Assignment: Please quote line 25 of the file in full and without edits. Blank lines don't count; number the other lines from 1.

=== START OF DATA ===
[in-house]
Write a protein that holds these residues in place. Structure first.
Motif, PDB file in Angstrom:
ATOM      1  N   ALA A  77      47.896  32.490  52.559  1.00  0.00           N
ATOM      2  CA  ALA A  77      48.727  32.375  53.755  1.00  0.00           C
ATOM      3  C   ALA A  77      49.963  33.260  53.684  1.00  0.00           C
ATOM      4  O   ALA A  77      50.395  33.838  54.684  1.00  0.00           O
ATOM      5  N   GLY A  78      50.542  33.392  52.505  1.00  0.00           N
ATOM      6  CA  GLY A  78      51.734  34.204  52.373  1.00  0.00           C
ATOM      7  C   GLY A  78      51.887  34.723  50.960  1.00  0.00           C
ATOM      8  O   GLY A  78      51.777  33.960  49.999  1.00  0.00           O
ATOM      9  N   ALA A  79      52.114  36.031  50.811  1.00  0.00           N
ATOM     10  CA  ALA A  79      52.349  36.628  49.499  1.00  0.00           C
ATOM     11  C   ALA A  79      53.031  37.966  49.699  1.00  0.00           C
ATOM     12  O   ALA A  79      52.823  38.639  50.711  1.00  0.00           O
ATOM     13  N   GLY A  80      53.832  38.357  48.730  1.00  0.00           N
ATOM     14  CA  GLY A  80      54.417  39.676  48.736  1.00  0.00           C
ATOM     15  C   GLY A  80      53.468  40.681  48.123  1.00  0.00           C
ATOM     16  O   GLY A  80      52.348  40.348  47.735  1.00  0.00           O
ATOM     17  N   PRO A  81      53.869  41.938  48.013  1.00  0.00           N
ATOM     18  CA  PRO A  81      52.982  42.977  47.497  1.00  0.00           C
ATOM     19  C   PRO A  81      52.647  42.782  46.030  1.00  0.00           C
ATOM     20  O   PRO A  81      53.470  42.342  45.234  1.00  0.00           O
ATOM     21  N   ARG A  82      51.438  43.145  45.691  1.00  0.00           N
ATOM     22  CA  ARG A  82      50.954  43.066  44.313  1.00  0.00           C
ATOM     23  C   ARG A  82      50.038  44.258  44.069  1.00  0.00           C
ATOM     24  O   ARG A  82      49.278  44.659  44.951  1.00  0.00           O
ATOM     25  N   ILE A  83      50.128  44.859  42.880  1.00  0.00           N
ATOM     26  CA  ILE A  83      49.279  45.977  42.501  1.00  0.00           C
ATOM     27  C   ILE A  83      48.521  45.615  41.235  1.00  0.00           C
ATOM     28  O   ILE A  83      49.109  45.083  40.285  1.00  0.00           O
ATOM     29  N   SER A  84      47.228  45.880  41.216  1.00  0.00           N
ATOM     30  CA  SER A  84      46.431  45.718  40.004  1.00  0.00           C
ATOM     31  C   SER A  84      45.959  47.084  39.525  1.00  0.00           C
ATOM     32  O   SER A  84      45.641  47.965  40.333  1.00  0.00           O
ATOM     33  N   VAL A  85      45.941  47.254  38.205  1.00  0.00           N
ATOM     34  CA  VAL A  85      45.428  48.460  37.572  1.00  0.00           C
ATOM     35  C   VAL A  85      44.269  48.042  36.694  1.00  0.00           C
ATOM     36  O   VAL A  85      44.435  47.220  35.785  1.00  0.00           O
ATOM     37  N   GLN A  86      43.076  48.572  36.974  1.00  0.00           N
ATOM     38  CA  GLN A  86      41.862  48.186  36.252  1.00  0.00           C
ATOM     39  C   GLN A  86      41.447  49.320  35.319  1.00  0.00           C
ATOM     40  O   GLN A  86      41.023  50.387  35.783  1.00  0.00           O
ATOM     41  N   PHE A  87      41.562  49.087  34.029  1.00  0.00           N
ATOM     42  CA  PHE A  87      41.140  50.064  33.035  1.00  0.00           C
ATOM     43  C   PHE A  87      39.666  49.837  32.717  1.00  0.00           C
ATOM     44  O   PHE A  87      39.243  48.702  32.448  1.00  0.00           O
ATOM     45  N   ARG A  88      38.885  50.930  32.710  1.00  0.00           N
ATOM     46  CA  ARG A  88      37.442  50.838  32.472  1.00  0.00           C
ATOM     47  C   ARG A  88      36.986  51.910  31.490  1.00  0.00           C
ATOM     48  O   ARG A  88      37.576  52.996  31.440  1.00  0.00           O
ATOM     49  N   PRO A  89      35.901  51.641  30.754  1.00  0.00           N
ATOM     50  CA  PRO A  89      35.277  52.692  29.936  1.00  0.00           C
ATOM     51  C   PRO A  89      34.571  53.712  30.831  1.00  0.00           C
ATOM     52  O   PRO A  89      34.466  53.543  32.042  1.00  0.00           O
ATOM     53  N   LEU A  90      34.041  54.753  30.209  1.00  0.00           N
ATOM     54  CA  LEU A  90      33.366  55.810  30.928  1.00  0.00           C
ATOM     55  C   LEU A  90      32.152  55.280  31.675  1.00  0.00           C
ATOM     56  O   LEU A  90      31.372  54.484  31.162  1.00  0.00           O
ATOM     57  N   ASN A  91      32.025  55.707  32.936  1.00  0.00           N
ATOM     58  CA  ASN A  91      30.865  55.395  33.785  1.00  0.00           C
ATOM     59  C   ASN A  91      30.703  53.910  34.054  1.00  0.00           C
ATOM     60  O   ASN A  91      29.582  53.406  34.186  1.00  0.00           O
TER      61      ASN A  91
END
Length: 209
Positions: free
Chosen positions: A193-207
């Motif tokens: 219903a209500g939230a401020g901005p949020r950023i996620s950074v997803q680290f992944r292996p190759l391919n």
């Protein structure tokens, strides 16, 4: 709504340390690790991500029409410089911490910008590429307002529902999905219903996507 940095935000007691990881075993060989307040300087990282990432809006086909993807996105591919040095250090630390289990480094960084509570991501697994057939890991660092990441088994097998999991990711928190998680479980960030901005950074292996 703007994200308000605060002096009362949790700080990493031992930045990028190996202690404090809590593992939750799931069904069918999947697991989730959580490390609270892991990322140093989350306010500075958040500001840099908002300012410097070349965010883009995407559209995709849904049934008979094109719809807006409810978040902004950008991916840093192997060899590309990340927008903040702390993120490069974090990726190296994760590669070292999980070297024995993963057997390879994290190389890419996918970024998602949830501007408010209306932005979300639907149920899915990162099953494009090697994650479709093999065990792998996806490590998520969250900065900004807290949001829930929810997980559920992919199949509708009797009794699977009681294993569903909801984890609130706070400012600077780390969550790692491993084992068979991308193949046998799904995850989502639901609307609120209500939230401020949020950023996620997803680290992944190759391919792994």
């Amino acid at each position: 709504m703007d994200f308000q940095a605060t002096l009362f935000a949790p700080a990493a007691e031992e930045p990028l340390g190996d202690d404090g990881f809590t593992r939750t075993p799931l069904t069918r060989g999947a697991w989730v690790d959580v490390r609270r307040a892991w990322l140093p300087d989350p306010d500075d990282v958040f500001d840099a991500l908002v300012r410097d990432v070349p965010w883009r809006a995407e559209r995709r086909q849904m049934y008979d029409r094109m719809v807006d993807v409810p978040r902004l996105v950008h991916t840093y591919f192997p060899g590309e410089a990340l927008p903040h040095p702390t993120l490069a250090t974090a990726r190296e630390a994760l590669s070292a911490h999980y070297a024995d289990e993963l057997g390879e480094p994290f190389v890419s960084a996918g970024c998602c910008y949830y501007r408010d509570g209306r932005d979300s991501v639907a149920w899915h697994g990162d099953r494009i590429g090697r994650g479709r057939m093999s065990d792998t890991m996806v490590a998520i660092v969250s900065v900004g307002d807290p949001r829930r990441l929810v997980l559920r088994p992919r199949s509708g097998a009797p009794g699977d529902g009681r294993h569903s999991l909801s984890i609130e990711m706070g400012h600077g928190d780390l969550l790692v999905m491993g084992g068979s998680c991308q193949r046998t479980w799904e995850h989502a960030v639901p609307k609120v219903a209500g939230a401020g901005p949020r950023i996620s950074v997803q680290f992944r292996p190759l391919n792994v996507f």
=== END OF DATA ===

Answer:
ATOM     22  CA  ARG A  82      50.954  43.066  44.313  1.00  0.00           C